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duality in Mark, and also in Matthew and Luke?

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  • Brian E. Wilson
    Steve Davies wrote (SNIP) ... I think Neirynck says that he presents his book as a useful tool for anyone who cares to use it in the study of the synoptic
    Message 1 of 6 , Oct 3, 1998
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      Steve Davies wrote (SNIP)
      >it became obvious that Mark does frequently and radically redact his
      >sources. Indeed one can conclude this from Neirynck, F. 1988. Duality
      >in Mark : Contributions to the Study of the Markan Redaction. Leuven:
      >Leuven University Press which is a VERY significant contribution to
      >Synoptic-L type study.
      I think Neirynck says that he presents his book as a useful tool for
      anyone who cares to use it in the study of the synoptic gospels. He
      leaves open the possibility that the duality observed in Mark is not
      Mark redacting his source material, but the style of the writer of
      Mark's source material. He does not a priori rule out a Proto-Mark
      hypothesis, for instance.

      In "Duality in Mark" Neirynck lists 30 categories of repetition
      ("duality") in Mark, with hundreds of references, and then follows these
      with the text of Mark brilliantly arranged to indicate masses of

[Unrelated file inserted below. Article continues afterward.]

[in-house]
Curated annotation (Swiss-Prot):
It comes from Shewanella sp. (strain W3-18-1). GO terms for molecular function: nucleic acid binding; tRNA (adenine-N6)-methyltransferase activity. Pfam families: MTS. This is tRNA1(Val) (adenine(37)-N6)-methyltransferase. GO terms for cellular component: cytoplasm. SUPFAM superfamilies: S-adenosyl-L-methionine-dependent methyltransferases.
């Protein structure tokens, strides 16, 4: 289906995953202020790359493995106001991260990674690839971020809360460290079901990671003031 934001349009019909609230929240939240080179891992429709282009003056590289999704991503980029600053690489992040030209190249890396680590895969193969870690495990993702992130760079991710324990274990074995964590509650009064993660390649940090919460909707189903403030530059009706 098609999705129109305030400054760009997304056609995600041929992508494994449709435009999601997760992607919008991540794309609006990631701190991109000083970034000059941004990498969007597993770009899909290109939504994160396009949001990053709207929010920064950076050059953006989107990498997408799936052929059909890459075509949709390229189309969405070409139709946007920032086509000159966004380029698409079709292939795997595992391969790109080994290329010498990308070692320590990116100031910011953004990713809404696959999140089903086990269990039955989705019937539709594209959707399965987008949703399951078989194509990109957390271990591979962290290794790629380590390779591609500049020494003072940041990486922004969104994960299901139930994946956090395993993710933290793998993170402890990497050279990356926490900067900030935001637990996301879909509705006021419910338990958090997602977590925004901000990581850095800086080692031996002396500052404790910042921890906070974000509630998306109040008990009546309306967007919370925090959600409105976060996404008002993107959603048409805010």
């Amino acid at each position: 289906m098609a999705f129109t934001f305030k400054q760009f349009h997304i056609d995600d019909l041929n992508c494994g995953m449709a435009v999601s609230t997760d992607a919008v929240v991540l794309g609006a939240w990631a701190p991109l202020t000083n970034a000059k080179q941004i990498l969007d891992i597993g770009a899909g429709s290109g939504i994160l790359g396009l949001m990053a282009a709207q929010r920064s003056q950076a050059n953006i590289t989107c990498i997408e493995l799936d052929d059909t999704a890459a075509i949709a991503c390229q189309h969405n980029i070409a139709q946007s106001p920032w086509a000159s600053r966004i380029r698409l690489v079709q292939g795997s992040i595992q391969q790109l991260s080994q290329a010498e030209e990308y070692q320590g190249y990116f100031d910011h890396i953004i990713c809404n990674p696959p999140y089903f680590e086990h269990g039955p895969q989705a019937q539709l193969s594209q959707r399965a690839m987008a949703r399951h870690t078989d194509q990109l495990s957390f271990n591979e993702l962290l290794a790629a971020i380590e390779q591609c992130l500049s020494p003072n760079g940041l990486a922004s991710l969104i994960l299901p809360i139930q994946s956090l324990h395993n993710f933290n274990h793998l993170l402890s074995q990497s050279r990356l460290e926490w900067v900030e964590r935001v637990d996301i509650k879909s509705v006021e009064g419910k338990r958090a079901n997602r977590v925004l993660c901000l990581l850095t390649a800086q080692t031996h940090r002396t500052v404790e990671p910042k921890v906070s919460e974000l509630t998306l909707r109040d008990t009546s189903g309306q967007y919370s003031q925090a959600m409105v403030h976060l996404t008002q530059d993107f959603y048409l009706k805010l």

repetitions of all sorts in Mark. On my count, there are over two
      thousand words of Mark scored as examples of duality. It is like a
      firework display, and well worth seeing (Part III, pages 139-191).

      A few months ago, I examined three passages in the double tradition,
      where Matthew and Luke agree very closely in wording, to see whether the
      duality that Neirynck observes in Mark is also present in what Neirynck
      considers to be "Q" material. I looked for examples of some of
      Neirynck's Markan-duality categories (the categories I thought were
      least subjective) in the Mt//Lk material, and compared their frequencies
      with the frequencies in Mark. One would suppose on the 2DH, and on the
      Farrer Hypothesis, that the style of Mark would be significantly
      different from the style of this double tradition material. In fact I
      found that the same duality which Neirynck observes in Mark is also
      present to much the same extent in these double tradition passages, as
      far as my test went.

      It would be fascinating to hear what Neirynck has to say about this. If
      the duality in Mark is also found equally in the double tradition, it
      would seem that either the 2DH and the Farrer Hypothesis have a
      problem, or that Neirynck's categories of duality in Mark are not
      terribly significant for source-critical purposes. (To be fair to him,
      Neirynck, of course, would say that his book is intended for use in
      redaction criticism rather than source criticism.)

      Does anyone know of anything written on Neirynck's categories of
      "duality" occurring not only in Mark but also in Matthew and/or Luke,
      please? I would very much like to hear if you have any information on

      Best wishes,

      E-MAIL: brian@... TELEPHONE: +44-1480-385043
      SNAILMAIL: Rev B. E. Wilson, HOMEPAGE:
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      Huntingdon, Cambs, PE18 8EB, UK
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